The week of January 8-14 takes us from Day 27 to Day 4. This week we will highlight the moon crater Taruntius viewable on Sunday night and found in the NE quadrant of the Field Map at J4.

Taruntius is a floor-fractured moon craterTaruntius: [NE/J14; L=47°E] Taruntius is a wonderful example of a floor-fractured crater (FFC). Take a close look at it. Once you are familiar with the appearance of “normal” craters, you will notice right away that Taruntius has an unusually shallow basin. This is because hot magma underneath pushed upward with such force that the entire floor rose a little over a mile to its present level!

Also notice the surrounding material that was ejected from the impact (the secondary craters) and the small moon crater Cameron that resulted from an object that hit precisely on the northwest rim. (Although Cameron looks small, it is nearly seven times larger than Meteor Crater in Arizona!) Cameron is a simple moon crater. Can you tell if it is bowl-shaped or does it have a flat floor? (In order to tell, you have to be observing when the rim shadow is crossing the floor.)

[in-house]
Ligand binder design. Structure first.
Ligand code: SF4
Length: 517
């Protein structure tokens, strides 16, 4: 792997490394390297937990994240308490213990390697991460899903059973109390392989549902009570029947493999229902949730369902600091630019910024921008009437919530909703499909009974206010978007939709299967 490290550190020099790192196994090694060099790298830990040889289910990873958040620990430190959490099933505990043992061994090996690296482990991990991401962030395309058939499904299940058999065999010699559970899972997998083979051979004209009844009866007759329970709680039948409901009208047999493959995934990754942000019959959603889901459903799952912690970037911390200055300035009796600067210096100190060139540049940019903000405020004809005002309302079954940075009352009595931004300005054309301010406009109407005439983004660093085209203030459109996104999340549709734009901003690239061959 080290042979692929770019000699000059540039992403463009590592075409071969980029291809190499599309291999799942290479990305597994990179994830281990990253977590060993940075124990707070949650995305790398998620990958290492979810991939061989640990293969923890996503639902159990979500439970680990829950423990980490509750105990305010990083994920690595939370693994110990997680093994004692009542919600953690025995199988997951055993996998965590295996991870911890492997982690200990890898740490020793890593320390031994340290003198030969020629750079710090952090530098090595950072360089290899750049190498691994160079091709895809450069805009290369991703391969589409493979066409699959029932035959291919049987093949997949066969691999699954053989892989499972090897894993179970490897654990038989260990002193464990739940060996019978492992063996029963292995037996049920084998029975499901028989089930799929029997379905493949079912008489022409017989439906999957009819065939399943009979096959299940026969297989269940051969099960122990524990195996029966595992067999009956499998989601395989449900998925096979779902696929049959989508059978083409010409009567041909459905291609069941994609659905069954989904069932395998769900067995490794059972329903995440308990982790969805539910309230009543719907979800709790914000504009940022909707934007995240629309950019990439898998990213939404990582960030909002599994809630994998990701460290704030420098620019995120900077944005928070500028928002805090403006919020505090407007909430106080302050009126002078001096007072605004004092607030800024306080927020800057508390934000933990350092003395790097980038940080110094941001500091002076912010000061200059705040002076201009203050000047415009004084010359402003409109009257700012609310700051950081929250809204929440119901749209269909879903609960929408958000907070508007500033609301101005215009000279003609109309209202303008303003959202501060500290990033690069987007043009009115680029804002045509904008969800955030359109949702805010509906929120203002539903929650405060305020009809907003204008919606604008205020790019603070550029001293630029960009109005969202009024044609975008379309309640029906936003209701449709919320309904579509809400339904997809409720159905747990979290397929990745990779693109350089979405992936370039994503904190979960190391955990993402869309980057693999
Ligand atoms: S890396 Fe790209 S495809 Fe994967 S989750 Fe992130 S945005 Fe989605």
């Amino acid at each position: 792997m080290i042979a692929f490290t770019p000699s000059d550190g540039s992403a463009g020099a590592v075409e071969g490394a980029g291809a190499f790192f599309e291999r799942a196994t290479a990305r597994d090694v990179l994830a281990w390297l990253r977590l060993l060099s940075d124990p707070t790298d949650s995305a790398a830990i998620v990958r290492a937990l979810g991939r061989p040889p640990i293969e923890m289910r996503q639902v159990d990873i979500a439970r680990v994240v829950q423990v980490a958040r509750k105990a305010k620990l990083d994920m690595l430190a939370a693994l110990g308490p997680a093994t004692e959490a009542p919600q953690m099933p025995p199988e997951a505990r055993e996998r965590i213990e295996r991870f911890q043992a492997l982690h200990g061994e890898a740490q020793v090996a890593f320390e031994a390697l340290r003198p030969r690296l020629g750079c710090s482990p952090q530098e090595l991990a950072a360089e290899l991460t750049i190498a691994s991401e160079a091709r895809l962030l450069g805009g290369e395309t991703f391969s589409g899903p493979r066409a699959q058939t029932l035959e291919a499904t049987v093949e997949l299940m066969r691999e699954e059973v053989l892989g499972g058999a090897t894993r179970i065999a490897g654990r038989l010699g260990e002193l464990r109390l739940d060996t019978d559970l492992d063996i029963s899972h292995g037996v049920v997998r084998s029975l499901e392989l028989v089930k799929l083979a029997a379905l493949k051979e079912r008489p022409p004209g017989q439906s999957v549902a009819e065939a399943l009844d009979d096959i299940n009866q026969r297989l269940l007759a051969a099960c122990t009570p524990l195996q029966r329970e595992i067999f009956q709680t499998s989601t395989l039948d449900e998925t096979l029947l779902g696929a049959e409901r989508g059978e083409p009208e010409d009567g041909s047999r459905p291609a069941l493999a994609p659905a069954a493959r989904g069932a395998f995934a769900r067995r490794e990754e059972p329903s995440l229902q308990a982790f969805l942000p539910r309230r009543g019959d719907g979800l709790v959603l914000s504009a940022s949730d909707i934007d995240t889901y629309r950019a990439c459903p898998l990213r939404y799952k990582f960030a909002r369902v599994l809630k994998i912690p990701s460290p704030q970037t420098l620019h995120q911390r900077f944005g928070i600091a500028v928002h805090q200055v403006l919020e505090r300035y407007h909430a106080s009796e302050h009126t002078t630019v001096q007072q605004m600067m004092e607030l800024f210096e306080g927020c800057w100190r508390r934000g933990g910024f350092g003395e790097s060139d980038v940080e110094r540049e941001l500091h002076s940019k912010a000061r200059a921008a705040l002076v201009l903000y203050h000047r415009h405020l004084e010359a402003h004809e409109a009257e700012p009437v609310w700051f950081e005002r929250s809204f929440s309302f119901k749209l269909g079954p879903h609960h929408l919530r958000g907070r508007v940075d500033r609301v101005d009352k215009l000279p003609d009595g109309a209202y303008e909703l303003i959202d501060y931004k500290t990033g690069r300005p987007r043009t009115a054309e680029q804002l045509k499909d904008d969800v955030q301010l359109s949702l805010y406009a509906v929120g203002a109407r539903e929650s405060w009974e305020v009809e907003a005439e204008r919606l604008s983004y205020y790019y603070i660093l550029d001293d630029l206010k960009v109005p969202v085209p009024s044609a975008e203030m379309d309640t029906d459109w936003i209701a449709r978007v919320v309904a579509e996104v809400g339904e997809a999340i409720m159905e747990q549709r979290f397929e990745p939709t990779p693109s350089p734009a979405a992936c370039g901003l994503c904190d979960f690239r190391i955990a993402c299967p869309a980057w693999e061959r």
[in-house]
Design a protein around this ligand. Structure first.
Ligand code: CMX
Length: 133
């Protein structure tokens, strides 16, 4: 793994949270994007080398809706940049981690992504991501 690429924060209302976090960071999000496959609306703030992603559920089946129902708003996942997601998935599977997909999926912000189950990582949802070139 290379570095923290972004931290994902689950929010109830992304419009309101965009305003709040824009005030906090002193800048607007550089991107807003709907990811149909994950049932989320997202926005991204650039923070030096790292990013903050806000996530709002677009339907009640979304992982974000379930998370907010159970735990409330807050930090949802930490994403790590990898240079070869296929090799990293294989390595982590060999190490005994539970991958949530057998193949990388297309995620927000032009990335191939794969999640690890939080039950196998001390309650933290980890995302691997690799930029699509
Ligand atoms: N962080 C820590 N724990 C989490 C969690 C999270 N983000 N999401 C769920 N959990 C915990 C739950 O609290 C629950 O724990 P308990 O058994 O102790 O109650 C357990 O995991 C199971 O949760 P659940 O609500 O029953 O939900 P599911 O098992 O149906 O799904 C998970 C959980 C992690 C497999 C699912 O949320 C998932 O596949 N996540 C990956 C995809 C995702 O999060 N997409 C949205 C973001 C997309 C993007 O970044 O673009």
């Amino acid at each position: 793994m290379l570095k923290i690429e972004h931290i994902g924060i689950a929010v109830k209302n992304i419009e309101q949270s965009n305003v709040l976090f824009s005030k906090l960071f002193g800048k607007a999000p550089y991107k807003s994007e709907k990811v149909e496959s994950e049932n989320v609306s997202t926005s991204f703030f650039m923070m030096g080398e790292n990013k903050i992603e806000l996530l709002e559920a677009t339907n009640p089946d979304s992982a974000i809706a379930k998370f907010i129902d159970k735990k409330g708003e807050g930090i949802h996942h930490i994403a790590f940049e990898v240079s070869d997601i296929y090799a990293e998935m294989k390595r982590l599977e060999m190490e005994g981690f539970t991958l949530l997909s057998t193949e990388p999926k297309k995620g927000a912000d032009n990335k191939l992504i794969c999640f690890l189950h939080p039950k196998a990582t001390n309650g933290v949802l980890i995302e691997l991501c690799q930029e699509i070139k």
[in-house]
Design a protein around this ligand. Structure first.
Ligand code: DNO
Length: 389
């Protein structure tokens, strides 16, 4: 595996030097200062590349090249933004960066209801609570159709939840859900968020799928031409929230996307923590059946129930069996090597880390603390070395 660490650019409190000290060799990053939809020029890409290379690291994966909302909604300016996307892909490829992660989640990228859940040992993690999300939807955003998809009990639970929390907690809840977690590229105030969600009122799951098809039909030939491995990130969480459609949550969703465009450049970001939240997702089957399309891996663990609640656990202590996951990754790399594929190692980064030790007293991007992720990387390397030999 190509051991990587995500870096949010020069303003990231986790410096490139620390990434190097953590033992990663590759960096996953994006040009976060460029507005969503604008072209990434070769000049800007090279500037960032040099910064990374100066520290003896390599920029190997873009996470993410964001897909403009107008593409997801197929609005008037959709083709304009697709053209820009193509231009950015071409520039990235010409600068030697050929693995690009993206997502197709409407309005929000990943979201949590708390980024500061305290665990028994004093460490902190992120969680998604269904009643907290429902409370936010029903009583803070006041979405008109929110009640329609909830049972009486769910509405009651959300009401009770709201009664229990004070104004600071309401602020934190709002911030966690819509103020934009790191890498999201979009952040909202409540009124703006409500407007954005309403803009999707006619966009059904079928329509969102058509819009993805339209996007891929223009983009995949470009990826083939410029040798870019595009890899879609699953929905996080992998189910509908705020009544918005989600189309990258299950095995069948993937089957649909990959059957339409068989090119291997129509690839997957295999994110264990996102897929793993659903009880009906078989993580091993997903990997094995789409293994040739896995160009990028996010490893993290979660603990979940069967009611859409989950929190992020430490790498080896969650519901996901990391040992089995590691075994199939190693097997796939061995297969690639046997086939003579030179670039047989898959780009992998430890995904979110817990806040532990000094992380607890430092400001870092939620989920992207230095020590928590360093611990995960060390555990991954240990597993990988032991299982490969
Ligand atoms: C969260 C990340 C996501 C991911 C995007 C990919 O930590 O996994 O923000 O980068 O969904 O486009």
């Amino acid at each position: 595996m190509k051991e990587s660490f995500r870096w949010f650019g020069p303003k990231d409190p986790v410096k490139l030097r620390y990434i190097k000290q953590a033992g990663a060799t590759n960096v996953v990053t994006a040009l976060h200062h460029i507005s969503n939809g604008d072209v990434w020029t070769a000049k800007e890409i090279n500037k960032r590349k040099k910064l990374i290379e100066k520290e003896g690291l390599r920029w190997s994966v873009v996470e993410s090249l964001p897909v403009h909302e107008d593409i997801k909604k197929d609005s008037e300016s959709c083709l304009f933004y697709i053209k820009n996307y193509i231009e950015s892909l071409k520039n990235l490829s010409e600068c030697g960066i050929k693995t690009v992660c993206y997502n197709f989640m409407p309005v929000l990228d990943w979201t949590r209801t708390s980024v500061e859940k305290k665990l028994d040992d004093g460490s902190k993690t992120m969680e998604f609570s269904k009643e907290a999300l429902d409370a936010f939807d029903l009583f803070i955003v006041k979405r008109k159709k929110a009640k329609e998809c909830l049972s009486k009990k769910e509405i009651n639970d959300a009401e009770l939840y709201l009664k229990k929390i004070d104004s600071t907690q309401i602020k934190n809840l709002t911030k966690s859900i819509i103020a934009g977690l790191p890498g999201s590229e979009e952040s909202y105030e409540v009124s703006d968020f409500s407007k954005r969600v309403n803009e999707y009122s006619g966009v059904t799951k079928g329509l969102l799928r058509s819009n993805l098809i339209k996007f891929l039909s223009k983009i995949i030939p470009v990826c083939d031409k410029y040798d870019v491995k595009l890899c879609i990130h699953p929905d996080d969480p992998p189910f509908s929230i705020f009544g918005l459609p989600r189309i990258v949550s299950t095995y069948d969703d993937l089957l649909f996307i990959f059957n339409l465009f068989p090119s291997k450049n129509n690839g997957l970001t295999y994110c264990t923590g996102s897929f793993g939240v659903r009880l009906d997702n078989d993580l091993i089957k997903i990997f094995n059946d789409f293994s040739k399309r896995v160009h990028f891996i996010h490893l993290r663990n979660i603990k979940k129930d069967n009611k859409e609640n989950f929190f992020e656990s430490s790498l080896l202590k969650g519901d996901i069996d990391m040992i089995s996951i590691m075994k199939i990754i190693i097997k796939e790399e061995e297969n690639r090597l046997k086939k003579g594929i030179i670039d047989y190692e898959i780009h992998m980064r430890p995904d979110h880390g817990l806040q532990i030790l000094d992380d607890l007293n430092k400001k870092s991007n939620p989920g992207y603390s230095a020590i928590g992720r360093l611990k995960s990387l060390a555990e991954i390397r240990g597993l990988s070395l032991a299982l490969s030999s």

On Monday, Venus is 6° north of the Moon.
On January 13, 1610, Galileo discovers Jupiter’s moon Ganymede.


It is highly recommended that you get a copy of Sky and Telescope’s Field Map of the Moon, the very finest Moon map available for use at the telescope. It is available for $10.95 at and on Amazon. All features mentioned in this blog will be keyed to the grid on the Field Map and will look like this: Plato: [NW/D9]

Courtesy of Gray Photography of Corpus Christi, Texas
Lunar photos: NASA / USGS / BMDO / LROC / ASU / DLR / LOLA / Moon Globe. Used by permission

Andrew Planck
Taruntius: Floor-Fractured Moon Crater
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